When interest is allowed to be proved, it is never, in any case of an insolvent estate, allowed to be computed lower than the date of the commission, because it is said, the estate being a dead fund, a salvage of part to each is all that in such a general loss can be expected. And where the act of bankruptcy to which the commission relates, is ascertained, no interest is allowed after that act of bankruptcy. And in some cases of mutual credit, when both debts carry interest, the computation of interest should stop on both sides at the same time. But in the case of an estate which turns out to be solvent, and where a surplus comes to a bankrupt, creditors have a right to interest, up to the actual time of payment, without regard to the date of the commission," provided the instrument expressly entitles the holder to interest. Though the rule was formerly only to allow £4 per cent., it appears from the decision of Upton v. Lord Ferrers, that £5 per cent. is to be allowed. And this is analogous to the different statutes with regard to the rebate of interest.


The difference upon the re-exchange of bills protested, and re-drawn before the bankruptcy, is proveable under the commission, but if in-change. curred after the bankruptcy, it is not proveable. So the costs and charges of protesting bills incurred before the bankruptcy, may be

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4thly To proved, but not those incurred after the bankruptcy. But where exby the particular law of the country from which the bill is drawn, or be when by express stipulation the re-exchange, or costs and charges, are fixed at a particular rate, they may be proved under the commission, Re-ex- though not incurred till after the act of bankruptcy. Thus, by the law change. of Philadelphia, the drawer of a returned bill must pay its contents, with £20 per cent. advance, as liquidated damages; in this case, if he become bankrupt, the £20 per cent. may be proved under his commis sion, though the bill was not protested till after his bankruptcy.

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Fifthly, The Time of proving and making Claim.

5thly. The From the preceding observations, it may be collected, that no unne proof and cessary delay should take place in making the proof, and we have seen that in some cases if the proof be delayed till after a dividend has been declared, though not received, it will prevent the holder from proving the whole amount of his bill uuder a commission against ano- | ther person. Formerly creditors were allowed to come in and prove their debts at any time within four months, and until distribution made, but they were not admitted after distribution actually made of any part of the estate; but now, except in case of gross laches, creditors are allowed to come in at any time, while any thing remains to be divided. And in Re Wheeler, it was decided, that a creditor coming in to prove his debt after a dividend made (provided the delay was not fraudulent, but owing to accident, or unavoidable circumstances) should be put on a footing with other creditors, before any further dividend was made. A creditor who has neglected to prove before a meeting to declare a second dividend, is, in strictness, only entitled to be paid future dividends, pari passu with the other creditors ; but it is the prac tice to permit such creditor to be paid former dividends rateably with those who have been paid, and then to direct a general distribution of the residue. Where a creditor has a reasonable cause for not having proved in time to receive a first dividend, he is, upon proving, entitled first to be placed on an equality with the other creditors who received a first dividend, but not so as to disturb a former dividend, and then to receive the future dividends rateably with the other creditors. The [466 mode of being admitted to receive in respect of former dividends, is by making an affidavit of the cause of delay, and by petition to the Chancellor, upon which an order may be obtained; and the assignees should not pay without it. We have seen, that in the case of a surety paying the debt of his principal after a commission against him, he may at any time prove under the commission, not disturbing the former dividends, and receive a dividend or dividends proportionably with the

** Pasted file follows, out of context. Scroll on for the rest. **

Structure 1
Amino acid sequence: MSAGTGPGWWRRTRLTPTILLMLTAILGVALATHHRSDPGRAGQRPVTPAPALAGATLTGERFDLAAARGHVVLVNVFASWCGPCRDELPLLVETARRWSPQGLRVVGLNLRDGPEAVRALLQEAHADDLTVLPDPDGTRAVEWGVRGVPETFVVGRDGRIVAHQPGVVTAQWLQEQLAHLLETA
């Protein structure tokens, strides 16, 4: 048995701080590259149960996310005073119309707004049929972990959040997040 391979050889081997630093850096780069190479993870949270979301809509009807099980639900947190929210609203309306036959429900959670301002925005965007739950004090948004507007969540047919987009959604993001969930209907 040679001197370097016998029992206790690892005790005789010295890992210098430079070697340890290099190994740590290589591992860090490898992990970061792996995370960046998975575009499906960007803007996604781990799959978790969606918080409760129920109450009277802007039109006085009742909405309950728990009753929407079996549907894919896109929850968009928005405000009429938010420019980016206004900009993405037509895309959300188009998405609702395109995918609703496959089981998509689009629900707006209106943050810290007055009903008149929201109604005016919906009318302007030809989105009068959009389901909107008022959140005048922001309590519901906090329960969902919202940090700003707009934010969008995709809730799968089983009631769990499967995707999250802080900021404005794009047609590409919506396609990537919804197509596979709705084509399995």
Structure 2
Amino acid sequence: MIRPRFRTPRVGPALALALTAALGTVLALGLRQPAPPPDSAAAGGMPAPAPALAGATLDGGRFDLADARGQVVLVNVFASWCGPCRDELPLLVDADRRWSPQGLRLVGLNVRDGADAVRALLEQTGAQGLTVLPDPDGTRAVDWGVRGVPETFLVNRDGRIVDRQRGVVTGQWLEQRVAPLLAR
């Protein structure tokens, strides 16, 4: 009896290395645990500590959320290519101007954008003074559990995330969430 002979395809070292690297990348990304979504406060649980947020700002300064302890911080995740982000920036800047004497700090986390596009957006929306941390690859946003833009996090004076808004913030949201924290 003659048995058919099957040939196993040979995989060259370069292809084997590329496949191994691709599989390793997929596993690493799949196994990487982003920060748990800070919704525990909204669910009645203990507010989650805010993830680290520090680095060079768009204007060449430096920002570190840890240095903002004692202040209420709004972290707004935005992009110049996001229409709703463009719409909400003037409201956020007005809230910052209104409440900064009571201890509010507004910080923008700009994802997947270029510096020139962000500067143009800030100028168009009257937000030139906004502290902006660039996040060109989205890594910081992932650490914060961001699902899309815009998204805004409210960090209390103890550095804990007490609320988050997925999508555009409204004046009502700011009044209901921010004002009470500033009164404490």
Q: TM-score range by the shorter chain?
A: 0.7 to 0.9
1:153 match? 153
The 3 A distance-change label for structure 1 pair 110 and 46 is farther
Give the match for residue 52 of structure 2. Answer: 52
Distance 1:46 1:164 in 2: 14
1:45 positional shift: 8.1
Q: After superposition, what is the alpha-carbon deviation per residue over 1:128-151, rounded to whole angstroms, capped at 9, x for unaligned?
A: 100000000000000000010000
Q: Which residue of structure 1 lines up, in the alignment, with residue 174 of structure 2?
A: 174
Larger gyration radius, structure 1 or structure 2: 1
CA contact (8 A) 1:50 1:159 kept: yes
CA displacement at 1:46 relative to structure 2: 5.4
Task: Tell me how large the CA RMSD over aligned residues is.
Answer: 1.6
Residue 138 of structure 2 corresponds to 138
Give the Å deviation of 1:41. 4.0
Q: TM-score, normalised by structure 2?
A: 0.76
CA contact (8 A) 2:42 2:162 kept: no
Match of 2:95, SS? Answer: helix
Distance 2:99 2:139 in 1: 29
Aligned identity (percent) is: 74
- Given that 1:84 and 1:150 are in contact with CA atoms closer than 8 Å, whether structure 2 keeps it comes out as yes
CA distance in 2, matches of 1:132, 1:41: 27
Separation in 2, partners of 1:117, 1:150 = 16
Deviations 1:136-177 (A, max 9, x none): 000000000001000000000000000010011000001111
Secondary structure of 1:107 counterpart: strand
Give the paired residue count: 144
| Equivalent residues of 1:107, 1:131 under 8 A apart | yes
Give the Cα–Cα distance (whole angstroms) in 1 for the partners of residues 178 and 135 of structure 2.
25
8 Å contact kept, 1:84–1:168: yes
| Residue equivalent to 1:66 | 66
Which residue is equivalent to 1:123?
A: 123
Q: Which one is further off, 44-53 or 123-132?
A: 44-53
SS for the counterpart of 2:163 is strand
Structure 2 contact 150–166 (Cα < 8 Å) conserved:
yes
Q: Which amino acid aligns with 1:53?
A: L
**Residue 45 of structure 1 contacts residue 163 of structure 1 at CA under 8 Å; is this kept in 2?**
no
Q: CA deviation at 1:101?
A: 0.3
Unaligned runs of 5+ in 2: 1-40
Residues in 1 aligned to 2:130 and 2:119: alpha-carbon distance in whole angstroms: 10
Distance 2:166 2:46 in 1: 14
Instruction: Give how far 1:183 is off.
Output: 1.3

other creditors.1

Where a party may not be able to swear to the precise amount of his debt, secured by a bill or note, it is advisable for him to make a

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claim as a means of securing a dividend, when his proof is afterwards 5thly. The established, without the necessity of applying to the Chancellor; and time when a proper claim has been made, the dividend must be apportioned making for it, and be withheld, until the validity of the claim has been as- claim. certained.

Sixthly, The Mode and Terms of Proof, and Remedy for the